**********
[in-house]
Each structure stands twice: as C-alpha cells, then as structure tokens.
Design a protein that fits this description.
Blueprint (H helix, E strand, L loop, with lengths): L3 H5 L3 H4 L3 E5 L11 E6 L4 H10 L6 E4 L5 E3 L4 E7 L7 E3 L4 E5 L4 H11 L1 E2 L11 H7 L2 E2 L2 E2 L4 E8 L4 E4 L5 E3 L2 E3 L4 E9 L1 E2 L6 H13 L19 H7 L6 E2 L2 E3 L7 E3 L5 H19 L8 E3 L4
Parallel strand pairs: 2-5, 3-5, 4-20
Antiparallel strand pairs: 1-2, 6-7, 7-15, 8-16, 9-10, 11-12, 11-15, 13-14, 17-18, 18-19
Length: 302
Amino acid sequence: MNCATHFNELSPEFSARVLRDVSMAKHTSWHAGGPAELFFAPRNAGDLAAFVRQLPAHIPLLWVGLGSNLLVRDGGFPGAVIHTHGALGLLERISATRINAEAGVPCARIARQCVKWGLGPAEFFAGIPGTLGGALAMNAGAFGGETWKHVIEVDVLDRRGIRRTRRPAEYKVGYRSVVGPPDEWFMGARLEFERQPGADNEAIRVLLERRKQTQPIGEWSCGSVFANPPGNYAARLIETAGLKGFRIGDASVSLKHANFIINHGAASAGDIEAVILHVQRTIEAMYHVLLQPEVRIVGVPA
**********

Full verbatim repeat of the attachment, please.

[in-house]
Each structure stands twice: as C-alpha cells, then as structure tokens.
Design a protein that fits this description.
Blueprint (H helix, E strand, L loop, with lengths): L3 H5 L3 H4 L3 E5 L11 E6 L4 H10 L6 E4 L5 E3 L4 E7 L7 E3 L4 E5 L4 H11 L1 E2 L11 H7 L2 E2 L2 E2 L4 E8 L4 E4 L5 E3 L2 E3 L4 E9 L1 E2 L6 H13 L19 H7 L6 E2 L2 E3 L7 E3 L5 H19 L8 E3 L4
Parallel strand pairs: 2-5, 3-5, 4-20
Antiparallel strand pairs: 1-2, 6-7, 7-15, 8-16, 9-10, 11-12, 11-15, 13-14, 17-18, 18-19
Length: 302
Amino acid sequence: MNCATHFNELSPEFSARVLRDVSMAKHTSWHAGGPAELFFAPRNAGDLAAFVRQLPAHIPLLWVGLGSNLLVRDGGFPGAVIHTHGALGLLERISATRINAEAGVPCARIARQCVKWGLGPAEFFAGIPGTLGGALAMNAGAFGGETWKHVIEVDVLDRRGIRRTRRPAEYKVGYRSVVGPPDEWFMGARLEFERQPGADNEAIRVLLERRKQTQPIGEWSCGSVFANPPGNYAARLIETAGLKGFRIGDASVSLKHANFIINHGAASAGDIEAVILHVQRTIEAMYHVLLQPEVRIVGVPA